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Regional Strategies Case Study

engaged in negotiating trading agreements at the multilateral, inter-regional and bilateral levels in order to secure access to international markets. Currently, the region is involved in the Doha Round and the CARIFORUM-EU EPA trade negotiations. It is also pursuing bilateral negotiations with Canada and Central America, with Mercosur on the horizon, having signed previous free trade agreements with the Dominican Republic, Cuba and Costa Rica and partial-scope agreements with Venezuela and Colombia. CARICOM has been arguing vociferously for special and differential treatment in the Doha Round. An ‘aid for trade’ initiative could help to finance the region’s participation in the Doha Round and help countries to implement agreements that will result from this and other trade negotiations. Efforts to boost regional trade are part of a broader initiative aimed at creating a Caribbean Single Market and Economy (CSME). This initiative, which was first announced in 1989, is aimed at creating a single economic space where people, goods, services and capital could move freely and where the rights of establishment of enterprises are assured. The first landmark achievement of the CSME was made through the creation of the Caribbean Single Market (CSM) in July 2006. In addition to the wider regional effort, the eight OECS countries4 are also deepening integration among them and intend to form an OECS Economic Union. Both the CSME and the OECS Economic Union are considered to be important building blocks for the region’s international competitiveness and eventual integration into the world economy. According to the Director-General of the CRNM, however, in order for the very small size firms in the Caribbean to compete internationally, substantial intra-regional investment will be needed as well as government support for SMEs. [3] SMEs need inter alia access to capital, skills, technology, and marketing systems. In order for ‘aid for trade’ to build trade competitiveness in the Caribbean, the trade-related needs of the Caribbean would have to be targeted at various levels: • • •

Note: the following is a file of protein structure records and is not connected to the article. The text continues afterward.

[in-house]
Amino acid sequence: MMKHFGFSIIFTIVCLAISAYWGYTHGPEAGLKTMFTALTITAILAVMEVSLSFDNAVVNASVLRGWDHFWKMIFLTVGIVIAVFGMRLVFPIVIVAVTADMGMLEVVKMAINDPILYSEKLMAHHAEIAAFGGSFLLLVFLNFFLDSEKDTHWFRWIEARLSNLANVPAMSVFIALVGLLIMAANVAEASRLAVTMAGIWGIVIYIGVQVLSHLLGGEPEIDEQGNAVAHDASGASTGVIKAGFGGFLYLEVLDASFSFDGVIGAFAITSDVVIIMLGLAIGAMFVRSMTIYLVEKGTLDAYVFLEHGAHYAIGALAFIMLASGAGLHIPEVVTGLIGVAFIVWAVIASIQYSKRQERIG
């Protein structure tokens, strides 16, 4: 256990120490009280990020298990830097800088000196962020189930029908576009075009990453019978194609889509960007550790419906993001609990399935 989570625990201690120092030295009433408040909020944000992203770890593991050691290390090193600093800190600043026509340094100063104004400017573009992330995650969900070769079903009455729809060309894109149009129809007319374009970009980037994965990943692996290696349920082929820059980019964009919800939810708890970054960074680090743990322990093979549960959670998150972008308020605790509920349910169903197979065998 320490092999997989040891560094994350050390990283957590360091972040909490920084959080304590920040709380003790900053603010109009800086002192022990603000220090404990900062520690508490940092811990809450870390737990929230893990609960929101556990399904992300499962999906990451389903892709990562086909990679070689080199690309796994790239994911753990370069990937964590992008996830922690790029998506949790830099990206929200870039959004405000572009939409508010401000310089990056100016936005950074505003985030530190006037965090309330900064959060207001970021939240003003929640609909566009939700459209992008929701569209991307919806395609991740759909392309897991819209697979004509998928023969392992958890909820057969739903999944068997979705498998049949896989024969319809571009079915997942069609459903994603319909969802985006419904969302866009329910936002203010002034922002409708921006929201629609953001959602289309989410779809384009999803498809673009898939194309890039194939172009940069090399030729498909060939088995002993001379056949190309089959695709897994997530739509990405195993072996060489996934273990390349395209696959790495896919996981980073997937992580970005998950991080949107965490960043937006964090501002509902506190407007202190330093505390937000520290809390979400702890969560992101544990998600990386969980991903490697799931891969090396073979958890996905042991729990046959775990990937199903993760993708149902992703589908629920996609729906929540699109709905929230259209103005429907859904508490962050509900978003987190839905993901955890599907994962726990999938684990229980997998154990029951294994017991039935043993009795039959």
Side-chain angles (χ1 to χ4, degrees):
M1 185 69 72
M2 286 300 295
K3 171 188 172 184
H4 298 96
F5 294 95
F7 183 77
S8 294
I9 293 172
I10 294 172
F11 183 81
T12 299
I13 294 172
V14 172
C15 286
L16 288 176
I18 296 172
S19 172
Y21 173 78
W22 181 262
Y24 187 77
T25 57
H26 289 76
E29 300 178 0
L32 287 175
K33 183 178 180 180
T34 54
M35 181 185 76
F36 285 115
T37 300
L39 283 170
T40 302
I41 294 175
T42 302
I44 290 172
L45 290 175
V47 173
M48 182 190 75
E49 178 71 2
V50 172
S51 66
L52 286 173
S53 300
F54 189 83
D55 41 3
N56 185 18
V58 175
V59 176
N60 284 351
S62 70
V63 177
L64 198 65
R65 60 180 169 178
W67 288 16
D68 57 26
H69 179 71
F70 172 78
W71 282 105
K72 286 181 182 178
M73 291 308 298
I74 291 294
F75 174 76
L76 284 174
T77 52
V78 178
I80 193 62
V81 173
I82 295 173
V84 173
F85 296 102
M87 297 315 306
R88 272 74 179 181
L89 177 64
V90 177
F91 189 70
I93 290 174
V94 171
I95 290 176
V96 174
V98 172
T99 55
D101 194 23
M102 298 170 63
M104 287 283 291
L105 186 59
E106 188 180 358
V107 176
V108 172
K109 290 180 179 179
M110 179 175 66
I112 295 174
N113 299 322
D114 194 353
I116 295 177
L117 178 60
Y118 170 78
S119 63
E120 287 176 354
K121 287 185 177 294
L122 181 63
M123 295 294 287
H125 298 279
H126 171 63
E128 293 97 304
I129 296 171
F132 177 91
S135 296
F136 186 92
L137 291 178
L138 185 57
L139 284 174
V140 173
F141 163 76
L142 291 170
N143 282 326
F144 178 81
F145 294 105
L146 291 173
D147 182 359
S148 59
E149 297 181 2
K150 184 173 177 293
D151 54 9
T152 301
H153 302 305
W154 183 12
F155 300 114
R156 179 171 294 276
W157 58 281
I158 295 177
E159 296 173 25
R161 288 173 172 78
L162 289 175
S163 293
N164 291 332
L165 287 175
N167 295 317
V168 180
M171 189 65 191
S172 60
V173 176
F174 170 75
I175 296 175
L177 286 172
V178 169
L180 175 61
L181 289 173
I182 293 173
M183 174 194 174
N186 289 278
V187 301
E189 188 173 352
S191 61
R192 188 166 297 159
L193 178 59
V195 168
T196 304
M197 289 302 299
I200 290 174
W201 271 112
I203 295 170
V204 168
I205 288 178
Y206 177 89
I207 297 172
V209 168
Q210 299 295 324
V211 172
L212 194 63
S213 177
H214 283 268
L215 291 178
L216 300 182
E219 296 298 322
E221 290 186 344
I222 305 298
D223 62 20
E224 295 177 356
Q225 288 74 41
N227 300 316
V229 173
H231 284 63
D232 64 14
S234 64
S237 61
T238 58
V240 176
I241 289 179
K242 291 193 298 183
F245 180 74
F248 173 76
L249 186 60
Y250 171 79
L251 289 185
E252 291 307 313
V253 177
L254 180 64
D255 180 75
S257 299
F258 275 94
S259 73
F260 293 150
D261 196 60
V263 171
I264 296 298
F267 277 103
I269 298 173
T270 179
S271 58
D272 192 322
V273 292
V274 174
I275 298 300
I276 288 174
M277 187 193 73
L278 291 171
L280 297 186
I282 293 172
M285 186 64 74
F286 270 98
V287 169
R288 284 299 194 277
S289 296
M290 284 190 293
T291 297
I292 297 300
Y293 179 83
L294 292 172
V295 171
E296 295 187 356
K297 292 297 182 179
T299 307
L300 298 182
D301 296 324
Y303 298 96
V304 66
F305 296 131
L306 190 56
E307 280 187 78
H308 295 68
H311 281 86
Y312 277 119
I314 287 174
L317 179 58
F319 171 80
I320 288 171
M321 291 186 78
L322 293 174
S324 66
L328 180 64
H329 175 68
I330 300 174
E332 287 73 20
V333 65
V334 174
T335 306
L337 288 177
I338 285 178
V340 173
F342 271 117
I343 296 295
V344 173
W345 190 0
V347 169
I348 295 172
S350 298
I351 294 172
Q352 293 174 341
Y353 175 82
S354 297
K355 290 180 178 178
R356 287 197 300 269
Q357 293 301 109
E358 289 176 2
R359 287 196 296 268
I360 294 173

national needs, as reflected in national development strategies; sub-regional needs, as appropriate and outlined in the OECS Development Strategy; and regional needs that are currently being fleshed out in a Strategic Development Plan.

The Strategic Development Plan, which is due for completion in June 2008, is based on a Single Development Vision that was recently adopted by Heads of Government. A key objective of the Vision is “self-sustaining economic growth based on strong international competitiveness, innovation, productivity, and flexibility of resource use.” 5[10] The significance of supporting the regional dimension of ‘aid for trade’ was recently highlighted by the IMF and the World Bank [11] as well as the WTO Aid for Trade Task Force [24]. The arguments put forward are that regional co-operation in trade-related regulatory policies (e.g. 4

They include six independent states: Antigua and Barbuda, St Kitts-Nevis, Dominica, St Lucia, St Vincent and the Grenadines, Grenada; and two overseas territories Anguilla and Montserrat. The British Virgin Islands is an associate member. 5 Annex 4 summarises aspects of the economic dimension of the Single Development Vision.

mobilizing aid for trade: focus on latin america and the caribbean: proceedings of the regional r...  

this report was prepared by the integration and trade sector (int) as a contribution to the regional meeting on mobilizing aid for trade: la...

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